“Asian Carp Steadily Moving up Indiana” in the Chicago Tribune by Joel Hood

This is a huge, huge economic and ecological disator in the makinf. The impacts will not unfold overnight.

From NRDC In the News
While lawmakers focus on remaking the Chicago waterway system to prevent Asian carp from entering Lake Michigan, the feared invasive species is quietly making its way toward the Great Lakes through Indiana.

An official with the Indiana Department of Natural Resources on Thursday confirmed the recent discovery of an Asian carp spawning bed in the Wabash River, southwest of Fort Wayne. The carp were found about 120 miles downriver from a roughly half-mile wide natural wetland that separates the Wabash River from the Maumee River, which crosses into Ohio and feeds directly into Lake Erie.

Indiana officials, who have been tracking movement of Asian carp in their state since the mid-1990s, are now trying to figure out whether heavy rains in that northeast region of the state could allow Asian carp to move into the Maumee River and create another entry point in the Great Lakes.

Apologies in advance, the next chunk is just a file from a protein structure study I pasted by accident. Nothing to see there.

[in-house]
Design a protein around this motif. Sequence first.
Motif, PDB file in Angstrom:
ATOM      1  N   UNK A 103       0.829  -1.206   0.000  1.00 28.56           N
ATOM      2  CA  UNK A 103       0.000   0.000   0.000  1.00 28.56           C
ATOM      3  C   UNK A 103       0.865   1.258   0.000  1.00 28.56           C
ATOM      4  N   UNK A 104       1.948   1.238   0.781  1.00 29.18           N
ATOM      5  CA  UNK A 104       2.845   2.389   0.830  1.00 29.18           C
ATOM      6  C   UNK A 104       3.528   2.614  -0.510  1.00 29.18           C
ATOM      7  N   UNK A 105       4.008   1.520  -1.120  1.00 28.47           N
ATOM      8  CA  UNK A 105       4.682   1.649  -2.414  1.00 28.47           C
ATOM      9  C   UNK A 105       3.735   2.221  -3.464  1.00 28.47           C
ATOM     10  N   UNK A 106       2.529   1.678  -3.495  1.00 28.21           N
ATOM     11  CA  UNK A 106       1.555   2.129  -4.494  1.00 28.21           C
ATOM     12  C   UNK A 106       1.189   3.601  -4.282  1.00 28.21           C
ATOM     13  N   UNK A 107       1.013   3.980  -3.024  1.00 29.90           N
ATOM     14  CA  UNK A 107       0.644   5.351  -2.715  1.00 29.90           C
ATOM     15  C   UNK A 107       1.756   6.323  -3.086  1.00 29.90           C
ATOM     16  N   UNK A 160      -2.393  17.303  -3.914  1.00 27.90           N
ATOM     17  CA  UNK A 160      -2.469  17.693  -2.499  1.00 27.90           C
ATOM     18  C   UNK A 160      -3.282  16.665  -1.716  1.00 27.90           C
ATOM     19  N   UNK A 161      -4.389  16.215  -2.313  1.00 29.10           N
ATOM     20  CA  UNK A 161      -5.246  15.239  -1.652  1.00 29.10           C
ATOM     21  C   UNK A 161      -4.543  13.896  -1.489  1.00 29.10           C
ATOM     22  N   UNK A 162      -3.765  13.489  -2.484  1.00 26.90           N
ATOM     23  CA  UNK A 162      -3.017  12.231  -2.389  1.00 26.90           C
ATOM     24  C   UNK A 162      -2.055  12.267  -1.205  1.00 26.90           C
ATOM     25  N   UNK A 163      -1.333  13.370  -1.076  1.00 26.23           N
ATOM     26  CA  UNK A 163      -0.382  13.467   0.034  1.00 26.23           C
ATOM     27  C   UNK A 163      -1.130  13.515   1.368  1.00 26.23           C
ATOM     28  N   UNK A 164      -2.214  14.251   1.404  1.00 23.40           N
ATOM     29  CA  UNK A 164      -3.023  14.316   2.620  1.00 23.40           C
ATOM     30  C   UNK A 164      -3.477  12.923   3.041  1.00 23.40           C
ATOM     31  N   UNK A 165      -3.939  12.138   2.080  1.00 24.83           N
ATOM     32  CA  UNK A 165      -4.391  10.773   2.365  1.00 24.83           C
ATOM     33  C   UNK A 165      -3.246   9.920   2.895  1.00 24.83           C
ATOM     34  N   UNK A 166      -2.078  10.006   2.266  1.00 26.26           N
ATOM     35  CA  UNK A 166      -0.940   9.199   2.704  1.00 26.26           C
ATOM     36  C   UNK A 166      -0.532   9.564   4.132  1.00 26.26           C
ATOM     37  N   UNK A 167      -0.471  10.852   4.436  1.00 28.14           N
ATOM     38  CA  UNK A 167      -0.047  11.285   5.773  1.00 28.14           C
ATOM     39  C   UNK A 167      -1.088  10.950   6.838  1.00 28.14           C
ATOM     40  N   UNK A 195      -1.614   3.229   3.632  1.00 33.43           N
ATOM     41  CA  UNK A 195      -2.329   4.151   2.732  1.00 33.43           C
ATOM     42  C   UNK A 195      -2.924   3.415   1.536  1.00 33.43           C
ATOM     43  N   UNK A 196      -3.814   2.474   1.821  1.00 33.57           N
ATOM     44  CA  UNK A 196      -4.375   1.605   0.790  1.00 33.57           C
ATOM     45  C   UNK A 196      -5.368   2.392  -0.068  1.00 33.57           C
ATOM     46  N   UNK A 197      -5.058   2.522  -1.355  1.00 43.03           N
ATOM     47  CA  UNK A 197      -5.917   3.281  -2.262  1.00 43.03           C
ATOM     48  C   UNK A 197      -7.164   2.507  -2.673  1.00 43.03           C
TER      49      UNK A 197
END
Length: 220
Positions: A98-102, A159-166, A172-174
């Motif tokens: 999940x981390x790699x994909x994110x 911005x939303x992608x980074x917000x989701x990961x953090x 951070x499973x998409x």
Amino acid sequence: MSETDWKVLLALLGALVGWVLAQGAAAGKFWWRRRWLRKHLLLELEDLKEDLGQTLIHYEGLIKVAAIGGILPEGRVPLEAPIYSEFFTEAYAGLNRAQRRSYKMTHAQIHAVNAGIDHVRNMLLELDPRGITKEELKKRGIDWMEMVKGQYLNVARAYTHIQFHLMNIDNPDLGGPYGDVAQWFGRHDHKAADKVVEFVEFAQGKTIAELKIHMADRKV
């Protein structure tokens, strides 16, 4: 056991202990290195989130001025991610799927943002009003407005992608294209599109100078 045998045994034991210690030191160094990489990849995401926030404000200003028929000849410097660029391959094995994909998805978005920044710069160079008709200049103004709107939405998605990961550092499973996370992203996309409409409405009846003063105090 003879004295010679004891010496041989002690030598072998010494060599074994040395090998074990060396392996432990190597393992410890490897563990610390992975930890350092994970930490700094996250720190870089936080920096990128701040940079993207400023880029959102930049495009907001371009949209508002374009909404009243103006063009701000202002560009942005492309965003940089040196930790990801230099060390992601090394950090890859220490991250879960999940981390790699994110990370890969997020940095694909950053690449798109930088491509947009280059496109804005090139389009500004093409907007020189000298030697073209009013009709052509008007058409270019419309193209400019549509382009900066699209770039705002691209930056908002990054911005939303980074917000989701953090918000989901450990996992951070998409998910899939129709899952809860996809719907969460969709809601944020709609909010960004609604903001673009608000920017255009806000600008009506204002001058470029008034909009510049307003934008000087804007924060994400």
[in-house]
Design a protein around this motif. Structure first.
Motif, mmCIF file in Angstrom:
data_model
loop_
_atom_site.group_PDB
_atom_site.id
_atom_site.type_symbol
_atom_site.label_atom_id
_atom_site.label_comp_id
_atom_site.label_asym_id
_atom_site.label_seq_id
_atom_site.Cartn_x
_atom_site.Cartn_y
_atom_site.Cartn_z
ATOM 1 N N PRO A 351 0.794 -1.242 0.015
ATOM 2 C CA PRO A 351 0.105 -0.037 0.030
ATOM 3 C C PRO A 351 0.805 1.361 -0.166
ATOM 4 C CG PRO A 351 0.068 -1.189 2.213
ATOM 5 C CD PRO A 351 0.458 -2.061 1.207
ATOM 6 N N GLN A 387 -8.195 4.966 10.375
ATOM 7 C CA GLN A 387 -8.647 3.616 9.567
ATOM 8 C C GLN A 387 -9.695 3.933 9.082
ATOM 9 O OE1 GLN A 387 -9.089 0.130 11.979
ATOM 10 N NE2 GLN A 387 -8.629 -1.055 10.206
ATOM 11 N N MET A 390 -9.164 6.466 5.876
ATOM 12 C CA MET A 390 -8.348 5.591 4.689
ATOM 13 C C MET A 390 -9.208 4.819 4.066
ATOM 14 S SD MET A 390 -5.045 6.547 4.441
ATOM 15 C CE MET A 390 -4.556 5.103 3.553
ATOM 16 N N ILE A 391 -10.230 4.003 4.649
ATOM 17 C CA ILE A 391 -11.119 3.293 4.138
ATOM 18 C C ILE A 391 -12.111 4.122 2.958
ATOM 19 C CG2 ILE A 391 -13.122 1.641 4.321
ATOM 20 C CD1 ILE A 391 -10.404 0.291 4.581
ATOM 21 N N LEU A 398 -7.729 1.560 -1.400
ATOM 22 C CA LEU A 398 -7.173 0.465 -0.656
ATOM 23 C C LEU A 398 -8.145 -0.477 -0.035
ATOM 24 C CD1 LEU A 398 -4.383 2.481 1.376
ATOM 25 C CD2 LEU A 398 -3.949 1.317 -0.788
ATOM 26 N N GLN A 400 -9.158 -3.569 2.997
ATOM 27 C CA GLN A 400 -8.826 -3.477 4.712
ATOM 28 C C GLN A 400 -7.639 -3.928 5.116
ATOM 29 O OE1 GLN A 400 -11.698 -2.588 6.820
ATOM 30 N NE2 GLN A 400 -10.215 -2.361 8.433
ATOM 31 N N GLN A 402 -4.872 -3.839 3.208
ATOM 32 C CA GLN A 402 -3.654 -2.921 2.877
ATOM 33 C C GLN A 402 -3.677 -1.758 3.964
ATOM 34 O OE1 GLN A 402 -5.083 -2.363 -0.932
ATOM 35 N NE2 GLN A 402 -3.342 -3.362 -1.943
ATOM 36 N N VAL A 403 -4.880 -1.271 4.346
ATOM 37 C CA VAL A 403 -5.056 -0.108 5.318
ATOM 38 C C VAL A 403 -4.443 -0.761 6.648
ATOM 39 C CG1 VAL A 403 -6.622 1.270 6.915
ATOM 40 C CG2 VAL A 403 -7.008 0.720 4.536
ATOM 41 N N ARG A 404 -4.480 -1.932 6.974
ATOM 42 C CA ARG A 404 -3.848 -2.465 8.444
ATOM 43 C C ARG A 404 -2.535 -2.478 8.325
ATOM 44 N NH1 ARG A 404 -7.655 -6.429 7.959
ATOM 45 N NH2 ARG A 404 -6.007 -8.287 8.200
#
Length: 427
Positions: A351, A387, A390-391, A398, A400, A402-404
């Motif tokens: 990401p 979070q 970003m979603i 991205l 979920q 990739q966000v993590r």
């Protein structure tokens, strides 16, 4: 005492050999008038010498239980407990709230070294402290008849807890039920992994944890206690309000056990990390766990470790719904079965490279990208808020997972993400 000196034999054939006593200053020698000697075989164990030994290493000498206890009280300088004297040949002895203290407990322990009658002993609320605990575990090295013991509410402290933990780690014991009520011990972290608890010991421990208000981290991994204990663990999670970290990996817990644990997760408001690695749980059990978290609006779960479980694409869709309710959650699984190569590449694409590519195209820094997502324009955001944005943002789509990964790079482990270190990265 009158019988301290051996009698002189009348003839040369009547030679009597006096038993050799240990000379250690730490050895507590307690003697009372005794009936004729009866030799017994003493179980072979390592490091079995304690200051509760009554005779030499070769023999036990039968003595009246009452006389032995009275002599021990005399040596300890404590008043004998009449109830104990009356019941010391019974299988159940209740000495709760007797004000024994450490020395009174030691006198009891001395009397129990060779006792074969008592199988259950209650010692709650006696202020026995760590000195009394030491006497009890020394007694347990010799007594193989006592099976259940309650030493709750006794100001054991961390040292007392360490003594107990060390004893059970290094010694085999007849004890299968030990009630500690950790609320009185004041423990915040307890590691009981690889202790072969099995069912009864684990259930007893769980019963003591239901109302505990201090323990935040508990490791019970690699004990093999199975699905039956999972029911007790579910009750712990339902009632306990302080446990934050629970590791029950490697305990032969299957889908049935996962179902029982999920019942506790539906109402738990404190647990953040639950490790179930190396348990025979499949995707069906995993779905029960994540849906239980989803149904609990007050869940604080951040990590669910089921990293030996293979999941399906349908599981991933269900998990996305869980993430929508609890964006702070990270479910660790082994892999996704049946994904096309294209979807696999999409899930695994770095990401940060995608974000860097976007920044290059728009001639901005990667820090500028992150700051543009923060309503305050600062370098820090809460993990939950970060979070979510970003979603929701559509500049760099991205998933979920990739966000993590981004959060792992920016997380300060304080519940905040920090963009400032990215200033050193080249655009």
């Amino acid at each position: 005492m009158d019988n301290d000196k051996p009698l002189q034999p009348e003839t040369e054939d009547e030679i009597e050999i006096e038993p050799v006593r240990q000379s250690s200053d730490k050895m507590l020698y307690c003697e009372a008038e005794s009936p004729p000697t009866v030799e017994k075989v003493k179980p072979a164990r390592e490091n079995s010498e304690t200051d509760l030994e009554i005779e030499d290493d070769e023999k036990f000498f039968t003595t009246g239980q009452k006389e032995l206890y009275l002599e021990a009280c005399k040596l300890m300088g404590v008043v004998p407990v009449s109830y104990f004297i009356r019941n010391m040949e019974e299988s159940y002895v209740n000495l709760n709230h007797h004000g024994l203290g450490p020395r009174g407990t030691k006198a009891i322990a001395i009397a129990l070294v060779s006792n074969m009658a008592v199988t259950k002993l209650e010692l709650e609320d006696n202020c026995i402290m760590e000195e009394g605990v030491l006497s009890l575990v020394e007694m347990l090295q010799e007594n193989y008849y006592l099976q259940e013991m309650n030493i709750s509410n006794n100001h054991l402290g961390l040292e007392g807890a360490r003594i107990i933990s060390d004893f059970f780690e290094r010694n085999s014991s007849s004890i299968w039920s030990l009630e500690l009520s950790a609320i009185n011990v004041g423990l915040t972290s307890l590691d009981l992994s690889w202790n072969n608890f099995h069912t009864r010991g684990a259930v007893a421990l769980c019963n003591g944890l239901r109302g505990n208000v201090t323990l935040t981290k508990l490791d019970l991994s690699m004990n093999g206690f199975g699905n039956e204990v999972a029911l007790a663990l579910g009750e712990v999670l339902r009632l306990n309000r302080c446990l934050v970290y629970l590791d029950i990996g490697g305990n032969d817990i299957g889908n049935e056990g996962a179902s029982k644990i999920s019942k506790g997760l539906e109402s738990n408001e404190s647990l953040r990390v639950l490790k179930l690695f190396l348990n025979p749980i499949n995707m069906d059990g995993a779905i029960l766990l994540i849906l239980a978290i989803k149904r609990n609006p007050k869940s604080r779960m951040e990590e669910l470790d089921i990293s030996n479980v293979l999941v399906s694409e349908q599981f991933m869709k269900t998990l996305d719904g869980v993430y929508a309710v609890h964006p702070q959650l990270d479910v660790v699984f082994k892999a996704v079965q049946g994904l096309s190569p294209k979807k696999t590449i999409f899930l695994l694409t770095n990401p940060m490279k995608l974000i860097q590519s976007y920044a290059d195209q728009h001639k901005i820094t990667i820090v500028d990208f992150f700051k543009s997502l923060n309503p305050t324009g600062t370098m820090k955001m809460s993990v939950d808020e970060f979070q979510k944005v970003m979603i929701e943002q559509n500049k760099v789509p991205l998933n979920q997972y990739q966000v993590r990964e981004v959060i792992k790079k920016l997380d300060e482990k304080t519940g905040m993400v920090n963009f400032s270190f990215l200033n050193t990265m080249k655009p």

“We’re looking at how much flooding would be needed to create an adequate passage” from the Wabash to the Maumee, said Phil Bloom, spokesman for the Indiana Department of Natural Resources.

The discovery comes as lawmakers from Illinois and around the Great Lakes push for a more coordinated federal response to the Asian carp crisis. U.S. Sen. Dick Durbin urged President Barack Obama last week to appoint a type of federal carp czar to oversee the day-to-day carp monitoring and eradication efforts.

A native of China with no known predators in the U.S., certain varieties of Asian carp can reach 100 pounds and have a near bottomless appetite for plankton and other food crucial to native fish, a frightening prospect as they inch closer to the Great Lakes and their estimated $7 billion commercial and sport fishing industry.

Environmental advocacy groups have pushed for closing Chicago-area shipping locks and now want to re-engineer Illinois’ 100-year waterway system. They said the Indiana findings bolster the need for federal action. But the most imminent threat is still in Illinois, they said.


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